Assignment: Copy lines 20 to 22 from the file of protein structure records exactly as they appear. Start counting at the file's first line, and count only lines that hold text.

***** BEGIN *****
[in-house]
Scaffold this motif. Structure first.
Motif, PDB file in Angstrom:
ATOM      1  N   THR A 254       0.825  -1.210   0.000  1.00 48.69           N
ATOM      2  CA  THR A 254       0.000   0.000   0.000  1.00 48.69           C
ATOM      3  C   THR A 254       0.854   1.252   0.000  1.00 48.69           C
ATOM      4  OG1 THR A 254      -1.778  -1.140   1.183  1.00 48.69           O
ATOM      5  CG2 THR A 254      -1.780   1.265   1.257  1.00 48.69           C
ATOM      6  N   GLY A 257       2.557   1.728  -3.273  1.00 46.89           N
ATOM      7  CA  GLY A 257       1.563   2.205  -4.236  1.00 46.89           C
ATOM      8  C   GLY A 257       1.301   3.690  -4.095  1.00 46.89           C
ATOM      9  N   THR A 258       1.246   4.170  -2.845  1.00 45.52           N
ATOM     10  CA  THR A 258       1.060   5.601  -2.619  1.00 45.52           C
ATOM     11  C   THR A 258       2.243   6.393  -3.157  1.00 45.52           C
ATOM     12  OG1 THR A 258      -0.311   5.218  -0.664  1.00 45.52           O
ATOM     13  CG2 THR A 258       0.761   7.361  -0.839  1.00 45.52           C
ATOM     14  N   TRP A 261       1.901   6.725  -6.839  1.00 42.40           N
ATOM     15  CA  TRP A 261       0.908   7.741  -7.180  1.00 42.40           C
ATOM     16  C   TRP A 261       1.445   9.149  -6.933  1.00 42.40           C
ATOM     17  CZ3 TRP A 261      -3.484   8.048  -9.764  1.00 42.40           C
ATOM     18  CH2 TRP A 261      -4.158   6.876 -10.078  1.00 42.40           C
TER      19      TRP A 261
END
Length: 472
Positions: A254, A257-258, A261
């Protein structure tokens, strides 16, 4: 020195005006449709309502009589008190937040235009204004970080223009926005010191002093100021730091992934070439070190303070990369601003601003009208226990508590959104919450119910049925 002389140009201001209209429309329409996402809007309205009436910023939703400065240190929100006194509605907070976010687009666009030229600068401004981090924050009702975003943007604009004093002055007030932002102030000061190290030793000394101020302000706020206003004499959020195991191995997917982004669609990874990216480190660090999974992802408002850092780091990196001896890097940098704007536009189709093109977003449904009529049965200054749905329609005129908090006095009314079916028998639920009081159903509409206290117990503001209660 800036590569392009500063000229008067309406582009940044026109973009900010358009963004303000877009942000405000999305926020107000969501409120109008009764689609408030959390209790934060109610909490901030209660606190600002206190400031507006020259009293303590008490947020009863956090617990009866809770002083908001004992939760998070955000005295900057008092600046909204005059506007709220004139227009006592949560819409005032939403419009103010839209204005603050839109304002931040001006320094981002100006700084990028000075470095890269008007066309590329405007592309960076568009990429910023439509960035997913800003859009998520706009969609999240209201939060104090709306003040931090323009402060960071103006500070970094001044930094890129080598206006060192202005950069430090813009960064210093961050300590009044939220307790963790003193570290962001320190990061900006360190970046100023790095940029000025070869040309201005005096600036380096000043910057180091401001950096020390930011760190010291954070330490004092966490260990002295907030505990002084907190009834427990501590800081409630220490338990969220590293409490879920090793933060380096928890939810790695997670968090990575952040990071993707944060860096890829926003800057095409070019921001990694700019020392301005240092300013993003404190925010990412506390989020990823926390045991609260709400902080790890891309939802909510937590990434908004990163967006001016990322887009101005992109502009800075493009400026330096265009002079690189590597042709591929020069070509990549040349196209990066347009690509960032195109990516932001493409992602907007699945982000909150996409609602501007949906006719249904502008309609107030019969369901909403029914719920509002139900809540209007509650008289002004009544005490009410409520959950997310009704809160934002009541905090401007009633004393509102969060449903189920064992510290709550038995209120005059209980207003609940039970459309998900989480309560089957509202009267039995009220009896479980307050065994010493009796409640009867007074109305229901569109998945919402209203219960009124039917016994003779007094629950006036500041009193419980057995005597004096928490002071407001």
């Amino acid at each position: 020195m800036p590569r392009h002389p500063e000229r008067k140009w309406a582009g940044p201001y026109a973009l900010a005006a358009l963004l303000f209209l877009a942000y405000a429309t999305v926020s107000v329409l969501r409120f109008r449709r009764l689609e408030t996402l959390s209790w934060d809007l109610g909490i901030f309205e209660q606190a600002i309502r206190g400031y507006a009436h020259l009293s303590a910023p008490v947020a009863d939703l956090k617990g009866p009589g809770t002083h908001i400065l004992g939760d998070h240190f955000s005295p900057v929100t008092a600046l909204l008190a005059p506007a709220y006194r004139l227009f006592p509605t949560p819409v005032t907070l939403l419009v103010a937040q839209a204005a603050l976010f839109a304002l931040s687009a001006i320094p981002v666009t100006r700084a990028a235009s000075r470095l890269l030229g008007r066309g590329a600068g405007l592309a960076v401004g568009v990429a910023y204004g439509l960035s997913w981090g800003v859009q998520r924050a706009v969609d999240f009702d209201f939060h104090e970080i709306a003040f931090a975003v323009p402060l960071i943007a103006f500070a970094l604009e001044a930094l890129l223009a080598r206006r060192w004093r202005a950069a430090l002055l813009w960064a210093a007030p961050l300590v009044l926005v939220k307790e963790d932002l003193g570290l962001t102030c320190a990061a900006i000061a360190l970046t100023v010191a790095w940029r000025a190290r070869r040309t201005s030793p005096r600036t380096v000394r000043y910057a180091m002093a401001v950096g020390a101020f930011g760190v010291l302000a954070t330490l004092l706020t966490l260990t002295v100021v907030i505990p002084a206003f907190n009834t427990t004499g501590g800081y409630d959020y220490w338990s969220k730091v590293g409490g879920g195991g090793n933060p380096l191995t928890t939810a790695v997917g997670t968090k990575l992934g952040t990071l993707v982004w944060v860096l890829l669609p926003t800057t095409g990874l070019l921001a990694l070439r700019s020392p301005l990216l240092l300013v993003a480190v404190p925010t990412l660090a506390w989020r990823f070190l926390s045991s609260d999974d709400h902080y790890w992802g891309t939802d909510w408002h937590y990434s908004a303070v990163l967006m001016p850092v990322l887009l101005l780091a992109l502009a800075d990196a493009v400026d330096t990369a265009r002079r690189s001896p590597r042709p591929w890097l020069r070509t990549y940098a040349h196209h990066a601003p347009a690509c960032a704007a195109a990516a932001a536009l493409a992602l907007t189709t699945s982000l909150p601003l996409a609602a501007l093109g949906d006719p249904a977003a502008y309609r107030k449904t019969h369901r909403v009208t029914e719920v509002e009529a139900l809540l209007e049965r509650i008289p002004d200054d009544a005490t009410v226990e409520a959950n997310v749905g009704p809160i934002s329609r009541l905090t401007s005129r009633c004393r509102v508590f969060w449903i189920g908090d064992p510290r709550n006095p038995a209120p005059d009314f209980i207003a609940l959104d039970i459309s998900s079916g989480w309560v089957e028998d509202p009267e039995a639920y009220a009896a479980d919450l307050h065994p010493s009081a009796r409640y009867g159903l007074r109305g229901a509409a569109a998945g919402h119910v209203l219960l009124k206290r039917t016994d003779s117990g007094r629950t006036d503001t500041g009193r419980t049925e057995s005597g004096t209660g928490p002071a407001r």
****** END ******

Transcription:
ATOM     17  CZ3 TRP A 261      -3.484   8.048  -9.764  1.00 42.40           C
ATOM     18  CH2 TRP A 261      -4.158   6.876 -10.078  1.00 42.40           C
TER      19      TRP A 261